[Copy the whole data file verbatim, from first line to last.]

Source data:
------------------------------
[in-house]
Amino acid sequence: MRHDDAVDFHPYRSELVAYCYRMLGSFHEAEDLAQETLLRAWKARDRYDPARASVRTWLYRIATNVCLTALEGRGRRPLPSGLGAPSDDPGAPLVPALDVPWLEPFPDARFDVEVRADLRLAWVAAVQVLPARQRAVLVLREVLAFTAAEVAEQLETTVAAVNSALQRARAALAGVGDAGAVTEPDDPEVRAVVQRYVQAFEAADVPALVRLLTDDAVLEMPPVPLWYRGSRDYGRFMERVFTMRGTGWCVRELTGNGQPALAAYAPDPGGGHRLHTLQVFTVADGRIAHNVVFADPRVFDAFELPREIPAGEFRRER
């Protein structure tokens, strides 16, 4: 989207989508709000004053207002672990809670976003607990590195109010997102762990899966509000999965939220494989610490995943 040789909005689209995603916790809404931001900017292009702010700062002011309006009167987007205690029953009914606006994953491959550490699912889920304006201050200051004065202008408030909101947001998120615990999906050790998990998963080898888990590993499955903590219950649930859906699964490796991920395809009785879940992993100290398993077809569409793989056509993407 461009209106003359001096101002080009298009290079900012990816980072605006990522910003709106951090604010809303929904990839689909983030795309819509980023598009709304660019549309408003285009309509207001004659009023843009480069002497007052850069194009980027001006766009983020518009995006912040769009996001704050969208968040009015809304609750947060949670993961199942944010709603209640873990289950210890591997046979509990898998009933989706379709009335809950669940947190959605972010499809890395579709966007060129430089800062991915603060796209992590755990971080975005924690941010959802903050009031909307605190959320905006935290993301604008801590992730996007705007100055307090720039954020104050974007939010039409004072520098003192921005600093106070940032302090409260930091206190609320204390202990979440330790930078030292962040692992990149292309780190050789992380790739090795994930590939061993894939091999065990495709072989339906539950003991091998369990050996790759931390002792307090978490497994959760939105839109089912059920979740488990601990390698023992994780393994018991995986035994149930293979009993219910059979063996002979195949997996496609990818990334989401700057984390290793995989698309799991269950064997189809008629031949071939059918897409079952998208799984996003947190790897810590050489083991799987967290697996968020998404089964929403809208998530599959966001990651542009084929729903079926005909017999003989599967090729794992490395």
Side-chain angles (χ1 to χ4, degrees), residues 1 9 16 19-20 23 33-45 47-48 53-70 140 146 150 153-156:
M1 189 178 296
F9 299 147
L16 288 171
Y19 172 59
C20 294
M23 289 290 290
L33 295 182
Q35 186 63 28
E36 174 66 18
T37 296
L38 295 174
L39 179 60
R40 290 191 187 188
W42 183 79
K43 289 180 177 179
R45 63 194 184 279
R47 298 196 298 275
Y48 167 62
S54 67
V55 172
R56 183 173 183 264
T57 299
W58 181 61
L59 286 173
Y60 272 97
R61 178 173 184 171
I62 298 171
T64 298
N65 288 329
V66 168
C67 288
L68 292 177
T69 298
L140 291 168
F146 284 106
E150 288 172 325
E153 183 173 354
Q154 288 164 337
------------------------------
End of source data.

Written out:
[in-house]
Amino acid sequence: MRHDDAVDFHPYRSELVAYCYRMLGSFHEAEDLAQETLLRAWKARDRYDPARASVRTWLYRIATNVCLTALEGRGRRPLPSGLGAPSDDPGAPLVPALDVPWLEPFPDARFDVEVRADLRLAWVAAVQVLPARQRAVLVLREVLAFTAAEVAEQLETTVAAVNSALQRARAALAGVGDAGAVTEPDDPEVRAVVQRYVQAFEAADVPALVRLLTDDAVLEMPPVPLWYRGSRDYGRFMERVFTMRGTGWCVRELTGNGQPALAAYAPDPGGGHRLHTLQVFTVADGRIAHNVVFADPRVFDAFELPREIPAGEFRRER
């Protein structure tokens, strides 16, 4: 989207989508709000004053207002672990809670976003607990590195109010997102762990899966509000999965939220494989610490995943 040789909005689209995603916790809404931001900017292009702010700062002011309006009167987007205690029953009914606006994953491959550490699912889920304006201050200051004065202008408030909101947001998120615990999906050790998990998963080898888990590993499955903590219950649930859906699964490796991920395809009785879940992993100290398993077809569409793989056509993407 461009209106003359001096101002080009298009290079900012990816980072605006990522910003709106951090604010809303929904990839689909983030795309819509980023598009709304660019549309408003285009309509207001004659009023843009480069002497007052850069194009980027001006766009983020518009995006912040769009996001704050969208968040009015809304609750947060949670993961199942944010709603209640873990289950210890591997046979509990898998009933989706379709009335809950669940947190959605972010499809890395579709966007060129430089800062991915603060796209992590755990971080975005924690941010959802903050009031909307605190959320905006935290993301604008801590992730996007705007100055307090720039954020104050974007939010039409004072520098003192921005600093106070940032302090409260930091206190609320204390202990979440330790930078030292962040692992990149292309780190050789992380790739090795994930590939061993894939091999065990495709072989339906539950003991091998369990050996790759931390002792307090978490497994959760939105839109089912059920979740488990601990390698023992994780393994018991995986035994149930293979009993219910059979063996002979195949997996496609990818990334989401700057984390290793995989698309799991269950064997189809008629031949071939059918897409079952998208799984996003947190790897810590050489083991799987967290697996968020998404089964929403809208998530599959966001990651542009084929729903079926005909017999003989599967090729794992490395």
Side-chain angles (χ1 to χ4, degrees), residues 1 9 16 19-20 23 33-45 47-48 53-70 140 146 150 153-156:
M1 189 178 296
F9 299 147
L16 288 171
Y19 172 59
C20 294
M23 289 290 290
L33 295 182
Q35 186 63 28
E36 174 66 18
T37 296
L38 295 174
L39 179 60
R40 290 191 187 188
W42 183 79
K43 289 180 177 179
R45 63 194 184 279
R47 298 196 298 275
Y48 167 62
S54 67
V55 172
R56 183 173 183 264
T57 299
W58 181 61
L59 286 173
Y60 272 97
R61 178 173 184 171
I62 298 171
T64 298
N65 288 329
V66 168
C67 288
L68 292 177
T69 298
L140 291 168
F146 284 106
E150 288 172 325
E153 183 173 354
Q154 288 164 337